The Minister of Energy issued a directive on April 5, 2012 to
the Ontario Power Authority (OPA) pursuant to which Minister
Bentley directed the OPA to follow the recommendations in the FIT
Review Report and issue new draft FIT Rules, draft FIT Contract and
draft Definitions (collectively, the "Draft FIT
Documents"). We will continue our analysis of the Draft FIT
Documents and provide further updates shortly. In the meantime,
please find links to the Draft FIT Documents below and some salient
points that were derived from the Minister's directive.
Please note it is our understanding that the 50 MW cap on wind
power projects found in section 2.2(iii) of the FIT Rules is a
mistake, and that the government is not proposing to cap on-shore
wind at this time. Revised documents will likely be released
The OPA will award 50 MW of microFIT and 200 MW of small FIT
projects as soon as possible. "Small FIT" is not defined,
however we presume that this refers to capacity allocation exempt
In offering contracts for small and large FIT projects, the OPA
shall allocate of the available capcity:
A minimum of 100 MW for projects that have greater or equal
than 50% community and Aboriginal equity participation;
A minimum of 50 MW for hydro-electric projects.
During the term of the FIT Contract, a change in the points
awarded under the prioritization process based on applicant type is
prohibited if such change would mean that the economic interest of
the Aboriginal community, municipality etc. in the project would
drop below the level that resulted in the project receiving such
points. An exception is made for rooftop solar, in that a change in
economic interest is permitted after 5 years from the date that
commercial operation is achieved, regardless of whether the
economic interest of the municipality, aboriginal community or
schools, hospital, etc. was used to obtain prioritization in the
Ground mount solar is not permitted on any lands with Class 1,
2 and 3 soils or mixture of those, land comprised of organic order
soils, or Specialty Crop Areas. Note that this change applies to
any amendments being made to any existing FIT Contracts.
Ground mount solar is also restricted from industrial or
commercially zoned lands where no such use is occurring, or where
the solar ground-mount facility is or will be the main or primary
purpose for which the property is used.
Pre-existing FIT Applications and microFIT applications
submitted on or after September 11, 2011 and prior to April 5th,
2012, shall have their security returned and may apply during the
first available application window. Time stamps will be kept,
however the time stamp will only be used to prioritize projects
with the same number or points.
Small FIT projects will be subject to the same availability
tests as large FIT projects. To that extent, the OPA has published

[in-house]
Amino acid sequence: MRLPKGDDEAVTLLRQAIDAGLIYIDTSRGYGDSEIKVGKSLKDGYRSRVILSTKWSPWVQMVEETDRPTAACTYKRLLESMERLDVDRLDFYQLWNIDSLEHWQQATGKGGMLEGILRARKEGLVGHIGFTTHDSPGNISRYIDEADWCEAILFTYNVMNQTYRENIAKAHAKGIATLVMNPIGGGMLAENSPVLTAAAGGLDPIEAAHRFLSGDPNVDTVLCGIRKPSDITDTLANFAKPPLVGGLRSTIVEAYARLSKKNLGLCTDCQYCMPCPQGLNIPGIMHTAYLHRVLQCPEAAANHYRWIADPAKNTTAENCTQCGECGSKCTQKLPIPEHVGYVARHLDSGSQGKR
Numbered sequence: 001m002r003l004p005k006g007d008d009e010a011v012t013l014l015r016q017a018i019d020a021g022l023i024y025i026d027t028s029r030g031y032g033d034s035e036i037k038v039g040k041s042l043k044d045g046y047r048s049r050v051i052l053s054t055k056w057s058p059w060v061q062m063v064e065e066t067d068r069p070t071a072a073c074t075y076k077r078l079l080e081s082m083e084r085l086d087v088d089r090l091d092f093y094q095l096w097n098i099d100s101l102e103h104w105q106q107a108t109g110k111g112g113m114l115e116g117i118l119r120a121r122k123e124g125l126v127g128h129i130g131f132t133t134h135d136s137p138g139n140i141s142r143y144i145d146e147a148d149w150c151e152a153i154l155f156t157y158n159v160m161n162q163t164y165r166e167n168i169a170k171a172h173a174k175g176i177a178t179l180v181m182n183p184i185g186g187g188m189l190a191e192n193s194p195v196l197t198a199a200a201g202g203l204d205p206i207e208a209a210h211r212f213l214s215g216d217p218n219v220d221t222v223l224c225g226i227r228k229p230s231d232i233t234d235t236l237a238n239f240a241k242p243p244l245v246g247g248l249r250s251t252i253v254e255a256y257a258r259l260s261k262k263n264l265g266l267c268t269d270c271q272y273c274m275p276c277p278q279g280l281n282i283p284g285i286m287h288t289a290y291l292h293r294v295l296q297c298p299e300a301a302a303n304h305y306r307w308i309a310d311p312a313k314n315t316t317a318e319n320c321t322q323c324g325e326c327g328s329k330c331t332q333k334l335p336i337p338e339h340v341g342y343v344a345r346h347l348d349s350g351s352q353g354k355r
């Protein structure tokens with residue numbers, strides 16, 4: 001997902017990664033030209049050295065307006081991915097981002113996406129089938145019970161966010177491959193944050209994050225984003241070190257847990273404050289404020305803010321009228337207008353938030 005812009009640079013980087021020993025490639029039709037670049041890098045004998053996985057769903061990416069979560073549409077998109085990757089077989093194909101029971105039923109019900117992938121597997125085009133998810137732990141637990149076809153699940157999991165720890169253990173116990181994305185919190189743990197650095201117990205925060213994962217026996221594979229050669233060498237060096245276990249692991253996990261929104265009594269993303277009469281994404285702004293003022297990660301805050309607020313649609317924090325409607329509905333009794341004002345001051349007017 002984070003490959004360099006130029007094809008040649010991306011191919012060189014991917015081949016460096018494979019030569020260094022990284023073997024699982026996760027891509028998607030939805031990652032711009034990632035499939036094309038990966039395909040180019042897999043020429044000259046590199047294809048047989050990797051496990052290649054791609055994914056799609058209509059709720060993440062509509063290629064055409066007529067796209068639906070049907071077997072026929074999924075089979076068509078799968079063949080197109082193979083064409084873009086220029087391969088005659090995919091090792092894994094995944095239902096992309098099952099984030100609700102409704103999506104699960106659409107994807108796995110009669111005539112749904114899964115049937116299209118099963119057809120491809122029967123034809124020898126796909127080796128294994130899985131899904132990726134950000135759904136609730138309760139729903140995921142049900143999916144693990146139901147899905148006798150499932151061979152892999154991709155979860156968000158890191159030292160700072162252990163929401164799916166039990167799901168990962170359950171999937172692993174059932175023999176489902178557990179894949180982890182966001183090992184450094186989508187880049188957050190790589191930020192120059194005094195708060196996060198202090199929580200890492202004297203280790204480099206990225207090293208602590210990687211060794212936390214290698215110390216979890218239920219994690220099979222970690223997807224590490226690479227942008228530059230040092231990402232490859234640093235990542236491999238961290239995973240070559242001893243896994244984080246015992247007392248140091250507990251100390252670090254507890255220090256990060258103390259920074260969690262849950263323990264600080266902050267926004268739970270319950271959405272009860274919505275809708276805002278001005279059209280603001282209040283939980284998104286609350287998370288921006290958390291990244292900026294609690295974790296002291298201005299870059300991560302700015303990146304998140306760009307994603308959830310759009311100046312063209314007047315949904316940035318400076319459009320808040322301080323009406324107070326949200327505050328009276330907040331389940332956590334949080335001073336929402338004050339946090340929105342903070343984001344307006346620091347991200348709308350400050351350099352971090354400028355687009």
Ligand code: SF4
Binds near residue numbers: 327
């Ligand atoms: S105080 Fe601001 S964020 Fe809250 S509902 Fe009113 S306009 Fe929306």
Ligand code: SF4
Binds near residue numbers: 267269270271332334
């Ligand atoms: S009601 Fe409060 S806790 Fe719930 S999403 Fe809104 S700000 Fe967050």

capacity availability tables.
There will be no Economic Connection Test.
The FIT Rules shall be revised to permit FIT Contract offers to
be made to projects where upgrades are not required to the
transmission system or where only minor upgrades are
In order to be eligible for a FIT Contract, the project must be
within a certain distance from the Connection Point. The draft FIT
Rules (section 2.1(k)) do not define this distance, but indicate
that it will be subject to special consultation.
For new large FIT projects, the OPA shall amend the FIT
Contract to provide for greater generator accountability in
circumstances where generation must be dispatched off. This will
directly impact curtailment.
The OPA is accepting comments on the Draft FIT Documents until
April 27, 2012. We are available to advise clients and will be
reaching out in certain cases to discuss amendments we deem
necessary from a legal/commercial perspective.
The content of this article is intended to provide a general
guide to the subject matter. Specialist advice should be sought
about your specific circumstances.
To print this article, all you need is to be registered on Mondaq.com.
Click to Login as an existing user or Register so you can print this article.
Canada is a constitutional monarchy, a parliamentary democracy and a federation comprised of ten provinces and three territories. Canada's judiciary is independent of the legislative and executive branches of Government.
The Government of Alberta recently announced a number of policy changes that will impact the Alberta Electricity Market, composed of its generators, transmitters, distributors, retailers, electricity consumers and wholesale electricity market.
Register for Access and our Free Biweekly Alert for
This service is completely free. Access 250,000 archived articles from 100+ countries and get a personalised email twice a week covering developments (and yes, our lawyers like to think you’ve read our Disclaimer).